said, he was prepared to vote for the Motion of his hon. and learned Friend, because he thought he ought at least to have an opportunity of laying his Bill before the House. At the same time he objected to its principle, because he could not understand how any Roman Catholic Member could bring in a measure respecting the Irish Church which had not for its object the getting rid entirely of that abuse and standing nuisance in the country. He would not go into the question of the oath, because that was a subject which savoured somewhat of casuistry, and was rather a matter for individual conscience. At the same time he could not conceive that the oath could ever have been intended to fetter the Members of that House in their legislative capacity, because that would be entirely unconstitutional. The whole question had been fully discussed with regard to the coronation oath. It had been very cogently argued that the King, having sworn to maintain the rights of the Established Church, could not consent to a measure affecting its privileges. That consideration pressed much upon the conscience of George IV., but he was told by his gravest advisers that his oath did not bind him in his legislative capacity. The same principle applied also to Members of Parliament. It had been always maintained that one Parliament could not bind a future one; nor could one part of the Parliament bind the rest. By parity of reasoning it followed that the whole Parliament could not bind any Member of it. He thought, therefore, that the invective of hon. Members on the other side was not justifiable. Besides, the Archbishop of Canterbury and the other Prelates had all taken an oath not to consent to the alienation of the property of their respective sees; yet they did consent to a measure which had that effect. It had been wittily remarked by Sydney Smith, that he could not make it out how the Archbishop could have assented to such a measure; but he had found out that his Grace had only taken the oath by proxy. That the unfortunate attorney who had taken the oath for the Archbishop and had received his fee for doing so, had since consulted many eminent divines, but that they had all assured him that he must suffer the pains of eternal fire for the Archbishop; that he had therefore been daily going to Lambeth Palace with the fee in his hand to entreat the Archbishop to take it back, and to relieve him from the responsibility he had so incautiously assumed, but that his Grace had refused to do so, and had left him in his miserable plight. He (Mr. Bowyer) did not wish to charge the right rev. Prelates with perjury; because he did not think that this oath was ever intended to bind them in their capacity of Members of the House of Lords. But he did ask for Roman Catholics the same interpretation of their oath as Members of the House of Commons. If he were to bring in a Bill to reform the Church of Ireland, it would be one to abolish it altogether; because that Church, though established originally by force, and since bolstered up by law, was in no true sense of the word a national Church. He was far, however, from coveting the wealth of the Establishment either in England or in Ireland. The Roman Catholic Church was in a far wholesomer condition than would be the case if it was possessed of State patronage; and her bishops with incomes of 400l. or 500l. a year were as learned, as active, and as saintly as any bishops in the world. The hon. and learned Serjeant said he wished to improve the character and position of the Established Church by taking away what appeared to him to be a blot; but he (Mr. Bowyer) thought that the Protestants were the best judges of that themselves. He did not wish to interfere with their affairs, just as he had wished the Protestants not to interfere with the monastic institutions. With regard to this Bill, he could not concur with his hon. and learned Friend (Mr. Serjeant Shee) in the principles upon which it was founded, because he thought that no measure relating to the Established Church in Ireland could satisfy the people of that country, if it did not deal root and branch with that injustice, that abuse and scandal, and completely settle the question. Now, the Bill of his hon. and learned Friend would not settle the question, and could not, he believed, satisfy the people of Ireland. Nevertheless he should vote for the Motion of his hon. and learned Friend for leave to bring in the Bill, which he thought was a measure framed with great ability and with the best possible intentions, and which deserved full consideration on the part of that House.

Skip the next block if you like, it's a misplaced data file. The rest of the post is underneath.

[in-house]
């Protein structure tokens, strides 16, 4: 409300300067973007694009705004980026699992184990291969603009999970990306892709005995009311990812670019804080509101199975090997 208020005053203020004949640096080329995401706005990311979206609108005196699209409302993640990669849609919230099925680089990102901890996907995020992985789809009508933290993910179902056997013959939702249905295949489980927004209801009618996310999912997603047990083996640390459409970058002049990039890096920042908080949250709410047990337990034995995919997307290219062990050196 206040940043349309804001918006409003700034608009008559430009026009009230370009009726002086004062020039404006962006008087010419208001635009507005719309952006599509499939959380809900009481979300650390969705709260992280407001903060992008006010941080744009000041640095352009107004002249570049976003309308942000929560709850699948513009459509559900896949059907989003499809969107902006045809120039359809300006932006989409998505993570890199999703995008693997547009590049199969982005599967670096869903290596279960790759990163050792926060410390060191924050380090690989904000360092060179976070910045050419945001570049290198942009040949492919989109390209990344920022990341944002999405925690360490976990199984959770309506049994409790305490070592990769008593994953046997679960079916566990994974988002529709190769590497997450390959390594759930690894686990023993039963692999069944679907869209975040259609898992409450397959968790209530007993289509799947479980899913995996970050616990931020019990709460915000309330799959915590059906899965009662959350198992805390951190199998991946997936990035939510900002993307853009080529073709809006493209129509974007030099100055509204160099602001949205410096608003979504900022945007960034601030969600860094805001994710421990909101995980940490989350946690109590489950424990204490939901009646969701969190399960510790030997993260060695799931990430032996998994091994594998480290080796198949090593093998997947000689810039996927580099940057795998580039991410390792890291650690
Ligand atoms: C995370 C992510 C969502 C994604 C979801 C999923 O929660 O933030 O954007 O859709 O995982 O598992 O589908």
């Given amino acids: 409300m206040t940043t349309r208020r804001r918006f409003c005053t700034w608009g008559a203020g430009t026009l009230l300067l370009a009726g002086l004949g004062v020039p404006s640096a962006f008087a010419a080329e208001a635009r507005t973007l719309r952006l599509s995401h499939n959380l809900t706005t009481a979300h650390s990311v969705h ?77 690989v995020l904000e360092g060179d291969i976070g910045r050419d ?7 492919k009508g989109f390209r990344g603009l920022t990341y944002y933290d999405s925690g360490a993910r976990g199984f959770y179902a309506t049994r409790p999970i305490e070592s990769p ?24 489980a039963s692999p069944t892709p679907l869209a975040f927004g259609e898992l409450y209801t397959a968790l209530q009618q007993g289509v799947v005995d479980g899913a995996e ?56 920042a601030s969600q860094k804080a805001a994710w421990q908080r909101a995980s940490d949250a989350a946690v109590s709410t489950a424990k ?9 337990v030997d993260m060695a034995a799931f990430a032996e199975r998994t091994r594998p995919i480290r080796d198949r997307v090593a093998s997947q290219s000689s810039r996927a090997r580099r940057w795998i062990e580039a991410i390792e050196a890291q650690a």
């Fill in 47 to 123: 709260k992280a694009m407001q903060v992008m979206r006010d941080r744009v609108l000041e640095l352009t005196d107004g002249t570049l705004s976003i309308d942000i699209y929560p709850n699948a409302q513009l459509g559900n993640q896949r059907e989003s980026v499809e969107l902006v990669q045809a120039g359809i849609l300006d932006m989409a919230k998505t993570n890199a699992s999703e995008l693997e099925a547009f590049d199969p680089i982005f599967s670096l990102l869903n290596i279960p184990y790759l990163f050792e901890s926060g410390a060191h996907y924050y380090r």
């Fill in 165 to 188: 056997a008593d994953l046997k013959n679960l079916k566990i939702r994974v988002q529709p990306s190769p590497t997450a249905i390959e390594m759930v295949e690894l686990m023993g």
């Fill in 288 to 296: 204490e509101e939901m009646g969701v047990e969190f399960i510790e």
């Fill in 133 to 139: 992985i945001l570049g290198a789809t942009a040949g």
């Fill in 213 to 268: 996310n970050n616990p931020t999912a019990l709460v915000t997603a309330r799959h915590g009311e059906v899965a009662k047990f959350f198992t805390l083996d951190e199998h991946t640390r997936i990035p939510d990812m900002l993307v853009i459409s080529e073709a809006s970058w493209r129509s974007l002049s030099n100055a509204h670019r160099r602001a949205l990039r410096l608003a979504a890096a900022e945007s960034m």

said, he rose to contradict a statement made by the hon. Member for North Warwickshire (Mr. Newdegate), which would lead the House to believe that the people of Ireland were fast becoming Protestants, and were daily and hourly forsaking the Roman Catholic religion. So far from this being the case, the fact was that for one Roman Catholic landed proprietor who existed in Ireland twenty years ago there were at present twenty.